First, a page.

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Vinalhaven, Maine


Vinalhaven, Maine

Vinalhaven, Maine
Main Street c. 1915
Main Street c. 1915
Vinalhaven, Maine is located in Maine
Vinalhaven, Maine
Location within the state of Maine
Country United States
State Maine
County Knox
Incorporated 1789
 • Total 168.69 sq mi (436.91 km2)
 • Land 23.46 sq mi (60.76 km2)
 • Water 145.23 sq mi (376.14 km2)
Elevation 39 ft (12 m)
Population (2010)[2]
 • Total 1,165
 • Estimate (2012[3]) 1,153
 • Density 49.7/sq mi (19.2/km2)
Time zone Eastern (EST) (UTC-5)
 • Summer (DST) EDT (UTC-4)
ZIP code 04863
Area code(s) 207
FIPS code 23-79130
GNIS feature ID 0582782

Vinalhaven is a town located on the larger of the two Fox Islands in Knox County, Maine, United States. Vinalhaven is also used to refer to the Island itself. The population was 1,165 at the 2010 census. It is home to a thriving lobster fishery and hosts a summer colony. Since there is no bridge to the island, Vinalhaven is accessible from Rockland via an approximately hour-and-fifteen-minute ferry ride across West Penobscot Bay, or by air taxi from Knox County Regional Airport.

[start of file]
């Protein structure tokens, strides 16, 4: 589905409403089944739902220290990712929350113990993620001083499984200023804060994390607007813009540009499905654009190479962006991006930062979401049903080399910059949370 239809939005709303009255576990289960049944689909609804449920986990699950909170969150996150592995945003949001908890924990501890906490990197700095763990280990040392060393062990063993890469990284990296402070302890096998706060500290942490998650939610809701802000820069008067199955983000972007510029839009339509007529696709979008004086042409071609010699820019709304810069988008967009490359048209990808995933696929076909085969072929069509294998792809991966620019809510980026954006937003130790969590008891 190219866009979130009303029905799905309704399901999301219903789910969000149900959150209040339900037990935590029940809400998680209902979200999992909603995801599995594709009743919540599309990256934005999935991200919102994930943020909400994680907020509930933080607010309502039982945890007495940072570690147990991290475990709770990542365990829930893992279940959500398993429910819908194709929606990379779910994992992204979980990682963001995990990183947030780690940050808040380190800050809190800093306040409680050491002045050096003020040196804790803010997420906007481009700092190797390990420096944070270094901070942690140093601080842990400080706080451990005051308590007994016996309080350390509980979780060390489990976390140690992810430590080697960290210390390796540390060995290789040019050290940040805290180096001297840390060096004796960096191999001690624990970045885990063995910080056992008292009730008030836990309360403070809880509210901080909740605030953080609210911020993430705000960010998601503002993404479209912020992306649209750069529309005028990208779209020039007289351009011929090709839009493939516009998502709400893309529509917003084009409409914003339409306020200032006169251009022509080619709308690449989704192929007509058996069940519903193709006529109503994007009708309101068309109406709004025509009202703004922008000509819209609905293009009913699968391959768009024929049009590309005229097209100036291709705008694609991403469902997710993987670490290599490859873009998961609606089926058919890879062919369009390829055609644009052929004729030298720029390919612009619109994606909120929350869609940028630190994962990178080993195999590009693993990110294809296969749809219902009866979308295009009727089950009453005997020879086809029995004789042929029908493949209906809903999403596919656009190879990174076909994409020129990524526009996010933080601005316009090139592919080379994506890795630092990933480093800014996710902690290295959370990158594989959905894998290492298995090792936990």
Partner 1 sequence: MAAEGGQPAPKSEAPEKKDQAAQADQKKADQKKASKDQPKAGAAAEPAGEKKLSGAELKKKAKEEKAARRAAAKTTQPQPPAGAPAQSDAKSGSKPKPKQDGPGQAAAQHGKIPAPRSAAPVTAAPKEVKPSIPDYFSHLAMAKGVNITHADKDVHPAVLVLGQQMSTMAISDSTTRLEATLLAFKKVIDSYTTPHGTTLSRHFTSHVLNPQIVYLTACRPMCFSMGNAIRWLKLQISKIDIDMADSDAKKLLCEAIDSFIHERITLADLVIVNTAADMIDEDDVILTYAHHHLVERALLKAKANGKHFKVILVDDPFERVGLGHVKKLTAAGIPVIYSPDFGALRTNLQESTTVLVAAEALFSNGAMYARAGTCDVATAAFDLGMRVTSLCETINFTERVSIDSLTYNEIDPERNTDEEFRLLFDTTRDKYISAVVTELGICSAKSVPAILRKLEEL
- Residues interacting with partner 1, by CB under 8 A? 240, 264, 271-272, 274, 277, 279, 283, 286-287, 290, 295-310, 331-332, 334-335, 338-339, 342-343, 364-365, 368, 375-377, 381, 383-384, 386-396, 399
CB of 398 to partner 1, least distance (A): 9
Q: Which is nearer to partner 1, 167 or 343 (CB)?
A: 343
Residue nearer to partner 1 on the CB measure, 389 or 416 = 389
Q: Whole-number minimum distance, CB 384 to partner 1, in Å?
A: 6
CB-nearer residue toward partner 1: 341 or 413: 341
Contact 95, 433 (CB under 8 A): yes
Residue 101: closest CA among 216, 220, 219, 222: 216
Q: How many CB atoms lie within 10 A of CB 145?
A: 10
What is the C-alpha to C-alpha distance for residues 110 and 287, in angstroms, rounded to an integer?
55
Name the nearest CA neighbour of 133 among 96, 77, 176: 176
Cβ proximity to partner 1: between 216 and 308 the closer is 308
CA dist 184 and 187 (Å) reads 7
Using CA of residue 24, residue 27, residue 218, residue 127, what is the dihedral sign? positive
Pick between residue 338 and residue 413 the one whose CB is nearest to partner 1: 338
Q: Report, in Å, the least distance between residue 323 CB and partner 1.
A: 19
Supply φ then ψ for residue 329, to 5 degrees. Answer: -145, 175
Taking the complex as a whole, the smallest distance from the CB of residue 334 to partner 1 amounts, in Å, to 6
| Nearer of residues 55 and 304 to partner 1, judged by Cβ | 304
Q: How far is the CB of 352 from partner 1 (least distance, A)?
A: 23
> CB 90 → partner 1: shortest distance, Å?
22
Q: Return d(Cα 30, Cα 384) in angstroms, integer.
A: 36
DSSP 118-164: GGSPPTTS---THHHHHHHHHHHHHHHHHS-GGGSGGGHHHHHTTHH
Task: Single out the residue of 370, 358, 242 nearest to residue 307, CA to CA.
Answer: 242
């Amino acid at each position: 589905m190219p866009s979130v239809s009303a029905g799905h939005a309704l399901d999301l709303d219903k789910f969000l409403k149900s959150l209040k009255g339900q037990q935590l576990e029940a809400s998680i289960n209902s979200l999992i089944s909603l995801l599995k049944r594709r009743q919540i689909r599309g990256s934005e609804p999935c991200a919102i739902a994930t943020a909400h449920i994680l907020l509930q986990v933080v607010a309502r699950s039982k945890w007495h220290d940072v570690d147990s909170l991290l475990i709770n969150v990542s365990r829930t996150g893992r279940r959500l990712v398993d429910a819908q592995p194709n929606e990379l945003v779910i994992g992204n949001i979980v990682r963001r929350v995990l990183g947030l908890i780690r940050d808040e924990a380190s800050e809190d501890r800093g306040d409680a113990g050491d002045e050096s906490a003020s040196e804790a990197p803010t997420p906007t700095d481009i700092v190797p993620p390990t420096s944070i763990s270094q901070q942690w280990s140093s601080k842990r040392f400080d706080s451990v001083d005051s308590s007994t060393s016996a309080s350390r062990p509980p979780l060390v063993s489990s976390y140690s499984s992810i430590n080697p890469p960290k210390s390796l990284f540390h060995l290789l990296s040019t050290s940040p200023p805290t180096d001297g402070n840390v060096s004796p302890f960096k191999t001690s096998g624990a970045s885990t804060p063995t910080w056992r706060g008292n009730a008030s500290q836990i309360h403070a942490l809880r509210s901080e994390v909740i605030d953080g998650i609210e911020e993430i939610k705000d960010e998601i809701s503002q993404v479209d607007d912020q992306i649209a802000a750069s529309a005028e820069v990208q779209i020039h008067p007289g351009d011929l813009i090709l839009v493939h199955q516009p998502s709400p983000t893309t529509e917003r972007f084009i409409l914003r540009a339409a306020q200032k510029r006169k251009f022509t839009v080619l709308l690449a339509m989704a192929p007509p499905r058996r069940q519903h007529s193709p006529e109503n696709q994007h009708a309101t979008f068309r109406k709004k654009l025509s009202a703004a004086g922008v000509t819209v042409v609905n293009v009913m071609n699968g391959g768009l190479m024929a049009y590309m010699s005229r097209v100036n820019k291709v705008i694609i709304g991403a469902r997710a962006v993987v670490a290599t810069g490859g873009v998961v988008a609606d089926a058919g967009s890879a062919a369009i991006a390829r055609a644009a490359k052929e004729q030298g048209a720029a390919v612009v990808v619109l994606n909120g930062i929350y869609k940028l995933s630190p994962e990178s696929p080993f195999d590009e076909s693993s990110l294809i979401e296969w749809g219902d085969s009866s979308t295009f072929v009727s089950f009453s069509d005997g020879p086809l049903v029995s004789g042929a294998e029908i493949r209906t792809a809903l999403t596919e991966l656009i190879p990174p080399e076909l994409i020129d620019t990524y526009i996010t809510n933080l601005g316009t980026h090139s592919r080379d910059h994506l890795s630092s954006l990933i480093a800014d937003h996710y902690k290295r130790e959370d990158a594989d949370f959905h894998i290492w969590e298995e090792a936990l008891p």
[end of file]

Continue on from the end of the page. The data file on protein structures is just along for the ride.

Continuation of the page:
• History 1
  • Geography 2
  • Demographics 3
    • 2010 census 3.1
    • 2000 census 3.2
  • Energy 4
  • Education 5
  • Sites of interest 6
  • Notable people 7
  • See also 8
  • References 9
  • External links 10


A stone manufactory c. 1880

Archeological remains indicate that the island was first inhabited 3800–5000 years ago by the Red Paint People. Later, it became Abenaki territory. Europeans visited in the 16th century, and English Capt. Martin Pring named the archipelago Fox Islands in 1603. The first permanent English settlement occurred in 1766 when Thaddeus Carver from Marshfield, Massachusetts, arrived, and later purchased 700 acres (2.8 km2) from Thomas Cogswell on the southern shore near what would become known as Carver's Harbor.[4]